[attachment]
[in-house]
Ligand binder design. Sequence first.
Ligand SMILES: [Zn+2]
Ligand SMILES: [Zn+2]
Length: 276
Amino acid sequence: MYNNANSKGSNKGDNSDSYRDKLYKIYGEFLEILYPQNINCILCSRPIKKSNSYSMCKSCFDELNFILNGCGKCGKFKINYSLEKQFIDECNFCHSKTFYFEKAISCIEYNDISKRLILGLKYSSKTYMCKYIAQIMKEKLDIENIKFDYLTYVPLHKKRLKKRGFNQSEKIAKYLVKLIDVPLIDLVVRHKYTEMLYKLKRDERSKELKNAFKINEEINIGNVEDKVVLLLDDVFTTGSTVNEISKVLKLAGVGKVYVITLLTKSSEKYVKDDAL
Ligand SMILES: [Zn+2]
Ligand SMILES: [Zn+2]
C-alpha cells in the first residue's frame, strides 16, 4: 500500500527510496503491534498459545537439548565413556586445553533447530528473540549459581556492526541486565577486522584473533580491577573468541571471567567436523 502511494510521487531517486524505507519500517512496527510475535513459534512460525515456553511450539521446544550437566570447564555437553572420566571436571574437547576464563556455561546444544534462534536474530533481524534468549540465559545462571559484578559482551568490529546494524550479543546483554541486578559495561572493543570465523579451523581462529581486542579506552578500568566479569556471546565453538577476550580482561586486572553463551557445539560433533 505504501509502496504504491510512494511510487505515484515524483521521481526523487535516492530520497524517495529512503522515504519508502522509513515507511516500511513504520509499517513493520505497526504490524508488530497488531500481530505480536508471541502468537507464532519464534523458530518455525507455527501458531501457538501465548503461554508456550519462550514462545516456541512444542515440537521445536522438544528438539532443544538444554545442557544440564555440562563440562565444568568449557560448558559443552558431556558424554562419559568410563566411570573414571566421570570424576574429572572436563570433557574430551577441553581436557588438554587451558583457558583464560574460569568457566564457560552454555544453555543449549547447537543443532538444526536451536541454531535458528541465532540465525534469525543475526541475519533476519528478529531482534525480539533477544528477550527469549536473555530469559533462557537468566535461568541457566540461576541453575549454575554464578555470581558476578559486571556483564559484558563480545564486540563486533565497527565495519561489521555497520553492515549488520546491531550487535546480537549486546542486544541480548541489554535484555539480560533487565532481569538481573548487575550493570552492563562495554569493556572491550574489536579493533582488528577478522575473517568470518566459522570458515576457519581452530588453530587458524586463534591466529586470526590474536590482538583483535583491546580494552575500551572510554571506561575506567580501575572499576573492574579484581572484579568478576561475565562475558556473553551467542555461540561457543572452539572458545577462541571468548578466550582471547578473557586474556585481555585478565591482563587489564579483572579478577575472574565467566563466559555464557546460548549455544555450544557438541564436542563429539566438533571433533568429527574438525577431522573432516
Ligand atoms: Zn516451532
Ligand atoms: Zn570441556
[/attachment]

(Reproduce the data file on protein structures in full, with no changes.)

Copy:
[in-house]
Ligand binder design. Sequence first.
Ligand SMILES: [Zn+2]
Ligand SMILES: [Zn+2]
Length: 276
Amino acid sequence: MYNNANSKGSNKGDNSDSYRDKLYKIYGEFLEILYPQNINCILCSRPIKKSNSYSMCKSCFDELNFILNGCGKCGKFKINYSLEKQFIDECNFCHSKTFYFEKAISCIEYNDISKRLILGLKYSSKTYMCKYIAQIMKEKLDIENIKFDYLTYVPLHKKRLKKRGFNQSEKIAKYLVKLIDVPLIDLVVRHKYTEMLYKLKRDERSKELKNAFKINEEINIGNVEDKVVLLLDDVFTTGSTVNEISKVLKLAGVGKVYVITLLTKSSEKYVKDDAL
Ligand SMILES: [Zn+2]
Ligand SMILES: [Zn+2]
C-alpha cells in the first residue's frame, strides 16, 4: 500500500527510496503491534498459545537439548565413556586445553533447530528473540549459581556492526541486565577486522584473533580491577573468541571471567567436523 502511494510521487531517486524505507519500517512496527510475535513459534512460525515456553511450539521446544550437566570447564555437553572420566571436571574437547576464563556455561546444544534462534536474530533481524534468549540465559545462571559484578559482551568490529546494524550479543546483554541486578559495561572493543570465523579451523581462529581486542579506552578500568566479569556471546565453538577476550580482561586486572553463551557445539560433533 505504501509502496504504491510512494511510487505515484515524483521521481526523487535516492530520497524517495529512503522515504519508502522509513515507511516500511513504520509499517513493520505497526504490524508488530497488531500481530505480536508471541502468537507464532519464534523458530518455525507455527501458531501457538501465548503461554508456550519462550514462545516456541512444542515440537521445536522438544528438539532443544538444554545442557544440564555440562563440562565444568568449557560448558559443552558431556558424554562419559568410563566411570573414571566421570570424576574429572572436563570433557574430551577441553581436557588438554587451558583457558583464560574460569568457566564457560552454555544453555543449549547447537543443532538444526536451536541454531535458528541465532540465525534469525543475526541475519533476519528478529531482534525480539533477544528477550527469549536473555530469559533462557537468566535461568541457566540461576541453575549454575554464578555470581558476578559486571556483564559484558563480545564486540563486533565497527565495519561489521555497520553492515549488520546491531550487535546480537549486546542486544541480548541489554535484555539480560533487565532481569538481573548487575550493570552492563562495554569493556572491550574489536579493533582488528577478522575473517568470518566459522570458515576457519581452530588453530587458524586463534591466529586470526590474536590482538583483535583491546580494552575500551572510554571506561575506567580501575572499576573492574579484581572484579568478576561475565562475558556473553551467542555461540561457543572452539572458545577462541571468548578466550582471547578473557586474556585481555585478565591482563587489564579483572579478577575472574565467566563466559555464557546460548549455544555450544557438541564436542563429539566438533571433533568429527574438525577431522573432516
Ligand atoms: Zn516451532
Ligand atoms: Zn570441556